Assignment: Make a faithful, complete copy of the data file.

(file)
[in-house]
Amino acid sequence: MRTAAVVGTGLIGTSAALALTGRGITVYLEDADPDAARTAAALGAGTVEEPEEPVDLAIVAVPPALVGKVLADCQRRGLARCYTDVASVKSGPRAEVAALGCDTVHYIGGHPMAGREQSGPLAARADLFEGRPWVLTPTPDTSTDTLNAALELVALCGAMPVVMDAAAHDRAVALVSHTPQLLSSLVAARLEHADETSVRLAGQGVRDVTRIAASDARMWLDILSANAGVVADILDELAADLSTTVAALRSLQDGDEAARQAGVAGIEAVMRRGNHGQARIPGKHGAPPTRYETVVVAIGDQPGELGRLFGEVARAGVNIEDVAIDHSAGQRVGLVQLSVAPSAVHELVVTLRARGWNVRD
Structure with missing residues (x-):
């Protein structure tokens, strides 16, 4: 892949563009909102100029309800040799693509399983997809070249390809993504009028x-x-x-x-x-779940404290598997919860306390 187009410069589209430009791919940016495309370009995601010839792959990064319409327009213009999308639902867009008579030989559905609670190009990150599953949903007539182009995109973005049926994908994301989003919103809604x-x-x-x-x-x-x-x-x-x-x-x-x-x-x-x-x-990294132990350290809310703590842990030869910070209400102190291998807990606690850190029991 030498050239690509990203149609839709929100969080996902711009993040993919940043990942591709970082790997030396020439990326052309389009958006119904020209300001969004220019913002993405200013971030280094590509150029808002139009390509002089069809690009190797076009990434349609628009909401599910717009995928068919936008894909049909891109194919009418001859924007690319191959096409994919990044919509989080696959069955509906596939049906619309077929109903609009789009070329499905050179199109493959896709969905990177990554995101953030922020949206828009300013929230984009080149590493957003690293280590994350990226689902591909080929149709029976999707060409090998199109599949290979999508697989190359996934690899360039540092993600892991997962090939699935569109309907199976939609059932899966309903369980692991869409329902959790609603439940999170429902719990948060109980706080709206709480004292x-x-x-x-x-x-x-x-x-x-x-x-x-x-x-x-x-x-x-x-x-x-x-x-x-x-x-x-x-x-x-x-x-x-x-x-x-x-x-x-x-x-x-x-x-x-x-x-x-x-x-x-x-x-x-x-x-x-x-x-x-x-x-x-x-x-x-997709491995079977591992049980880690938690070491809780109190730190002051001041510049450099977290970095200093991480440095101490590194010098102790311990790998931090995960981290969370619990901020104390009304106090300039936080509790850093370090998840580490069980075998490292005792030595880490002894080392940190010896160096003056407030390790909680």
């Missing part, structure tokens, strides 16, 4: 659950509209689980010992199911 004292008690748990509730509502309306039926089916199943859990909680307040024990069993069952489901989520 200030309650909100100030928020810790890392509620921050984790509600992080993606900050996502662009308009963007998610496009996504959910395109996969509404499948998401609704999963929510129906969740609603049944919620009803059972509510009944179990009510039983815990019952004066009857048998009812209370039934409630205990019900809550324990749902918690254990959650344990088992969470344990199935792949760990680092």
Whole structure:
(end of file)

[in-house]
Amino acid sequence: MRTAAVVGTGLIGTSAALALTGRGITVYLEDADPDAARTAAALGAGTVEEPEEPVDLAIVAVPPALVGKVLADCQRRGLARCYTDVASVKSGPRAEVAALGCDTVHYIGGHPMAGREQSGPLAARADLFEGRPWVLTPTPDTSTDTLNAALELVALCGAMPVVMDAAAHDRAVALVSHTPQLLSSLVAARLEHADETSVRLAGQGVRDVTRIAASDARMWLDILSANAGVVADILDELAADLSTTVAALRSLQDGDEAARQAGVAGIEAVMRRGNHGQARIPGKHGAPPTRYETVVVAIGDQPGELGRLFGEVARAGVNIEDVAIDHSAGQRVGLVQLSVAPSAVHELVVTLRARGWNVRD
Structure with missing residues (x-):
């Protein structure tokens, strides 16, 4: 892949563009909102100029309800040799693509399983997809070249390809993504009028x-x-x-x-x-779940404290598997919860306390 187009410069589209430009791919940016495309370009995601010839792959990064319409327009213009999308639902867009008579030989559905609670190009990150599953949903007539182009995109973005049926994908994301989003919103809604x-x-x-x-x-x-x-x-x-x-x-x-x-x-x-x-x-990294132990350290809310703590842990030869910070209400102190291998807990606690850190029991 030498050239690509990203149609839709929100969080996902711009993040993919940043990942591709970082790997030396020439990326052309389009958006119904020209300001969004220019913002993405200013971030280094590509150029808002139009390509002089069809690009190797076009990434349609628009909401599910717009995928068919936008894909049909891109194919009418001859924007690319191959096409994919990044919509989080696959069955509906596939049906619309077929109903609009789009070329499905050179199109493959896709969905990177990554995101953030922020949206828009300013929230984009080149590493957003690293280590994350990226689902591909080929149709029976999707060409090998199109599949290979999508697989190359996934690899360039540092993600892991997962090939699935569109309907199976939609059932899966309903369980692991869409329902959790609603439940999170429902719990948060109980706080709206709480004292x-x-x-x-x-x-x-x-x-x-x-x-x-x-x-x-x-x-x-x-x-x-x-x-x-x-x-x-x-x-x-x-x-x-x-x-x-x-x-x-x-x-x-x-x-x-x-x-x-x-x-x-x-x-x-x-x-x-x-x-x-x-x-x-x-x-x-997709491995079977591992049980880690938690070491809780109190730190002051001041510049450099977290970095200093991480440095101490590194010098102790311990790998931090995960981290969370619990901020104390009304106090300039936080509790850093370090998840580490069980075998490292005792030595880490002894080392940190010896160096003056407030390790909680």
């Missing part, structure tokens, strides 16, 4: 659950509209689980010992199911 004292008690748990509730509502309306039926089916199943859990909680307040024990069993069952489901989520 200030309650909100100030928020810790890392509620921050984790509600992080993606900050996502662009308009963007998610496009996504959910395109996969509404499948998401609704999963929510129906969740609603049944919620009803059972509510009944179990009510039983815990019952004066009857048998009812209370039934409630205990019900809550324990749902918690254990959650344990088992969470344990199935792949760990680092």
Whole structure: